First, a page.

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Issue 21, 2016
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Diffusing colloidal probes of cell surfaces

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Measurements and analyses are reported to quantify dynamic and equilibrium interactions between colloidal particles and live cell surfaces using dark field video microscopy. Two-dimensional trajectories of micron-sized polyethylene glycol (PEG)-coated silica colloids relative to adherent epithelial breast cancer cell perimeters are determined allowing measurement of position dependent diffusivities and interaction potentials. PEG was chosen as the material system of interest to assess non-specific interactions with cell surfaces and establishes a basis for investigation of specific interactions in future studies. Analysis of measured potential energies on cell surfaces reveals the spatial dependence in cell topography. With the measured cell topography and models for particle–cell surface hydrodynamic interactions, excellent agreement is obtained between theoretical and measured colloidal transport on cell surfaces. Quantitative analyses of association lifetimes showed that PEG coatings act to stabilize colloids above the cell surface through net repulsive, steric interactions. Our results demonstrate a self-consistent analysis of diffusing colloidal probe interactions due to conservative and non-conservative forces to characterize biophysical cell surface properties.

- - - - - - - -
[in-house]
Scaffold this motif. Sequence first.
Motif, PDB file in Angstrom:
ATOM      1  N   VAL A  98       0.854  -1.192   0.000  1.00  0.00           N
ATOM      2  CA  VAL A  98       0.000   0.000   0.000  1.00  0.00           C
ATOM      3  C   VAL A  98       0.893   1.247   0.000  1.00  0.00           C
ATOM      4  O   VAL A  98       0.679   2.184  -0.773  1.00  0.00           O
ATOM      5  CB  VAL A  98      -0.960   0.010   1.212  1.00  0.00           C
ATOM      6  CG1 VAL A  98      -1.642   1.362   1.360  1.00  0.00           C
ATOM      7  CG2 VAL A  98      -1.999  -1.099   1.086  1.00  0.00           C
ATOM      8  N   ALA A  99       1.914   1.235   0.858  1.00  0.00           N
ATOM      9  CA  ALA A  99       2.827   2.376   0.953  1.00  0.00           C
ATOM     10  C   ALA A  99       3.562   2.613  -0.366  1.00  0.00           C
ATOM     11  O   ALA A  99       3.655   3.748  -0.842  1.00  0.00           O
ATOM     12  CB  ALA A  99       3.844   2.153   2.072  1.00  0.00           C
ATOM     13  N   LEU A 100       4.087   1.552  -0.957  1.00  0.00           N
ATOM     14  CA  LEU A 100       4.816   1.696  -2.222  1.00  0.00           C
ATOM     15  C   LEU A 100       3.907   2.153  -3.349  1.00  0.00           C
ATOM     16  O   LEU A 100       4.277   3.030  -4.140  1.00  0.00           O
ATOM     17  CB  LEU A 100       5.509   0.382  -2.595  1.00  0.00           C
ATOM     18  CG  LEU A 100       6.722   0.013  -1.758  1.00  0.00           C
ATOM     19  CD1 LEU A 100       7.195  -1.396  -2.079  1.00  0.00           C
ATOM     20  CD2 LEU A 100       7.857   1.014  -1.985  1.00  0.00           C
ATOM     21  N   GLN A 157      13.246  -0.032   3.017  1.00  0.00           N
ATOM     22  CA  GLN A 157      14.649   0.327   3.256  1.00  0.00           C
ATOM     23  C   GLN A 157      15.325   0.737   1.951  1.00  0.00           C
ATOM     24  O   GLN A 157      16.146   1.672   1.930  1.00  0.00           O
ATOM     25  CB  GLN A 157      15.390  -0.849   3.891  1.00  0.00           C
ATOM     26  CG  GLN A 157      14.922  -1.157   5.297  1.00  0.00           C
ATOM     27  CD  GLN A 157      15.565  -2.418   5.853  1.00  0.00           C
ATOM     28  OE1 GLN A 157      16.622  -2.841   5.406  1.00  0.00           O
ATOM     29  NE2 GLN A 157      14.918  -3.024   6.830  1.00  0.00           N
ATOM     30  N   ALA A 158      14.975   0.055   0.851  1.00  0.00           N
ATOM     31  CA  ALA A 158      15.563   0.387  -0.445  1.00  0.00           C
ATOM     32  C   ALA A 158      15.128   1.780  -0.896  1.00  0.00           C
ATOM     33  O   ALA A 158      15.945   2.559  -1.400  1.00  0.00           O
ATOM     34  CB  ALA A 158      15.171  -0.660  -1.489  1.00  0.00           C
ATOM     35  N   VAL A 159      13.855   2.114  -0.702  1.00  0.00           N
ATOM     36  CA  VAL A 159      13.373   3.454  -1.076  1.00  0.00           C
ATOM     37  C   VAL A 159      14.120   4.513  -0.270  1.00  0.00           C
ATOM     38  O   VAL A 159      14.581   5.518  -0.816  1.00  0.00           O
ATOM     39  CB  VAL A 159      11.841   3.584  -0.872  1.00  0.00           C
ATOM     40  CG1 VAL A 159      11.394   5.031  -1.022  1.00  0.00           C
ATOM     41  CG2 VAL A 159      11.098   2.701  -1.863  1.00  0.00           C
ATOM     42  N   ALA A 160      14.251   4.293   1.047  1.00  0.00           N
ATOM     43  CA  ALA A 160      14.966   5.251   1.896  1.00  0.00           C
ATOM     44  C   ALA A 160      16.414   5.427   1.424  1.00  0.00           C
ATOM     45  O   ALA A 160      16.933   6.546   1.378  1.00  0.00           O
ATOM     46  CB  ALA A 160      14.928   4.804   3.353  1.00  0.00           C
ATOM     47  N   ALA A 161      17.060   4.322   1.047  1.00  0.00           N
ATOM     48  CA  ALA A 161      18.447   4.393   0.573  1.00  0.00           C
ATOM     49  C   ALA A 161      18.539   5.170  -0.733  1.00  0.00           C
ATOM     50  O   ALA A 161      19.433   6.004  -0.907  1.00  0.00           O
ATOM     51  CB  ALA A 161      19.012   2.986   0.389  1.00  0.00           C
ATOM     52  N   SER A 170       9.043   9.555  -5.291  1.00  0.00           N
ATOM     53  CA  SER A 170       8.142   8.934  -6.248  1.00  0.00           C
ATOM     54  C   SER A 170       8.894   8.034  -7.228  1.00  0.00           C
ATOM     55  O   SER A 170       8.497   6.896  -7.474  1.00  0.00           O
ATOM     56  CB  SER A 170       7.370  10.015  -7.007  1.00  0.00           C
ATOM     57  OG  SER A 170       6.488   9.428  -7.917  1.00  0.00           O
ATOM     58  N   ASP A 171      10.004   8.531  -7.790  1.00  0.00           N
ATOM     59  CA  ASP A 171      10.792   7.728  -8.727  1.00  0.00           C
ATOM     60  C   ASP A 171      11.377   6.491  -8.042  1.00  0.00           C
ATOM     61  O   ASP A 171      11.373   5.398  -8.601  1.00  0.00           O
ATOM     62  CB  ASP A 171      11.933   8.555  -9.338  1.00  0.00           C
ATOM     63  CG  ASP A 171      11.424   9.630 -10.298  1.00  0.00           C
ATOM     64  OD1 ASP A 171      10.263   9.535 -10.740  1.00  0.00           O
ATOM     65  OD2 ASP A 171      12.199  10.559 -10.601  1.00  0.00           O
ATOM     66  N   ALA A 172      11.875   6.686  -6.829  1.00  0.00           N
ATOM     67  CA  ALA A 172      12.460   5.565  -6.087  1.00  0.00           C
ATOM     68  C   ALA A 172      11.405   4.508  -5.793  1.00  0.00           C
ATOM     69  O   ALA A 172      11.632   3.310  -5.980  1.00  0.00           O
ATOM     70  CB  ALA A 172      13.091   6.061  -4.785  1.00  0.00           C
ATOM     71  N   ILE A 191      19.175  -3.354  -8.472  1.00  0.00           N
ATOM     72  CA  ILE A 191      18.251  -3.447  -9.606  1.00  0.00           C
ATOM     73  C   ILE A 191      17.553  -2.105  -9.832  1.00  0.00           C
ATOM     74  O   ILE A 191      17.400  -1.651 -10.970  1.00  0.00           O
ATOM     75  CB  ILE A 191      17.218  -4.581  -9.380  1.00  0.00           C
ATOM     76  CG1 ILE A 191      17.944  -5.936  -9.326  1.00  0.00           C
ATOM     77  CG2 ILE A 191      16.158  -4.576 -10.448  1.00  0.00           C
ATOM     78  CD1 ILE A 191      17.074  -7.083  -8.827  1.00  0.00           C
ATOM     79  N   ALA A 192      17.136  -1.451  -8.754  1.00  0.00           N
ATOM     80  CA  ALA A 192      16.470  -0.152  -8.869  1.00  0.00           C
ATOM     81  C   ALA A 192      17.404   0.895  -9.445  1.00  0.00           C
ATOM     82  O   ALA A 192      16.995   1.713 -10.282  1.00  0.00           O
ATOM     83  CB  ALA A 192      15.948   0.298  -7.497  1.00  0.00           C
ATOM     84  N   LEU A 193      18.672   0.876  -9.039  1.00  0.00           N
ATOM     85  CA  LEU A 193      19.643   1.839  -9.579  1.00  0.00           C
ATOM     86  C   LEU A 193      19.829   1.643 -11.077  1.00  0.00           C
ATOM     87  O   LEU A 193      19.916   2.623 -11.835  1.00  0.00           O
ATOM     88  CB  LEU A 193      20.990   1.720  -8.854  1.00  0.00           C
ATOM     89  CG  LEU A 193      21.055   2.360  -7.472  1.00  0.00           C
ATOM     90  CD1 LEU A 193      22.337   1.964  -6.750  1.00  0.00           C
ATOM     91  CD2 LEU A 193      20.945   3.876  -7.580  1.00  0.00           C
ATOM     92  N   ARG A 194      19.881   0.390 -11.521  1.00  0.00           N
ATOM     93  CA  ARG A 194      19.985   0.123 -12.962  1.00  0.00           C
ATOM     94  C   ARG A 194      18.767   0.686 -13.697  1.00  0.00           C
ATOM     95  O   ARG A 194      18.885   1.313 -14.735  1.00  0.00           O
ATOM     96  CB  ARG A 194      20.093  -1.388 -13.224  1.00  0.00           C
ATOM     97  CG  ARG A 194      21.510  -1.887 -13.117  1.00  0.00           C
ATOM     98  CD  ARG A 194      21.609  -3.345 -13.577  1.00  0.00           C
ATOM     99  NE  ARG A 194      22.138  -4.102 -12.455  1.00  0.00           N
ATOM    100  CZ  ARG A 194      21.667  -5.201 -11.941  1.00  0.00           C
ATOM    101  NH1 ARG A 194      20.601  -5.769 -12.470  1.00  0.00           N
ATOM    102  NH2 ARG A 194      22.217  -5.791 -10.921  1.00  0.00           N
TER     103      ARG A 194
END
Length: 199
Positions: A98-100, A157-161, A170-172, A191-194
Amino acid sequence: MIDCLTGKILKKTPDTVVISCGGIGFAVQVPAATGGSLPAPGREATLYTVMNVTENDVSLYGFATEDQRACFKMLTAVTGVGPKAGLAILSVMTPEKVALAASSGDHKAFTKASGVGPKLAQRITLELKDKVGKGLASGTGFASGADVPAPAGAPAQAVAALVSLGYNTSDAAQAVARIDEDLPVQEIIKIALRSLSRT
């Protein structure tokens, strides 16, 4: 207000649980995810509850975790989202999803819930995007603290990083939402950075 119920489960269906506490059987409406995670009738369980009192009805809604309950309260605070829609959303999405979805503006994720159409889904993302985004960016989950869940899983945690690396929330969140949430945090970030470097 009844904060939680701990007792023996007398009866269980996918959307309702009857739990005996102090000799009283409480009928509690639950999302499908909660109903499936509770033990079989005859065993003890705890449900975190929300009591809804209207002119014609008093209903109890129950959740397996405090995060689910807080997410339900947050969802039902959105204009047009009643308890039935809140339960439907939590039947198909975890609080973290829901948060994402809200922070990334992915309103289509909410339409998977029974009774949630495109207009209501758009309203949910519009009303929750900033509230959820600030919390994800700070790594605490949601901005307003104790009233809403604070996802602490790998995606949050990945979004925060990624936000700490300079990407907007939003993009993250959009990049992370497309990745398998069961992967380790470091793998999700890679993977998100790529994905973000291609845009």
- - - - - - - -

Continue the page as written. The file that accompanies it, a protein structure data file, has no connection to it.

Graphical abstract: Diffusing colloidal probes of cell surfaces

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Article information

23 Oct 2015
19 Apr 2016
First published
21 Apr 2016

Soft Matter, 2016,12, 4731-4738
Article type
Author version available

Diffusing colloidal probes of cell surfaces

G. A. Duncan, D. H. Fairbrother and M. A. Bevan, Soft Matter, 2016, 12, 4731
DOI: 10.1039/C5SM02637G

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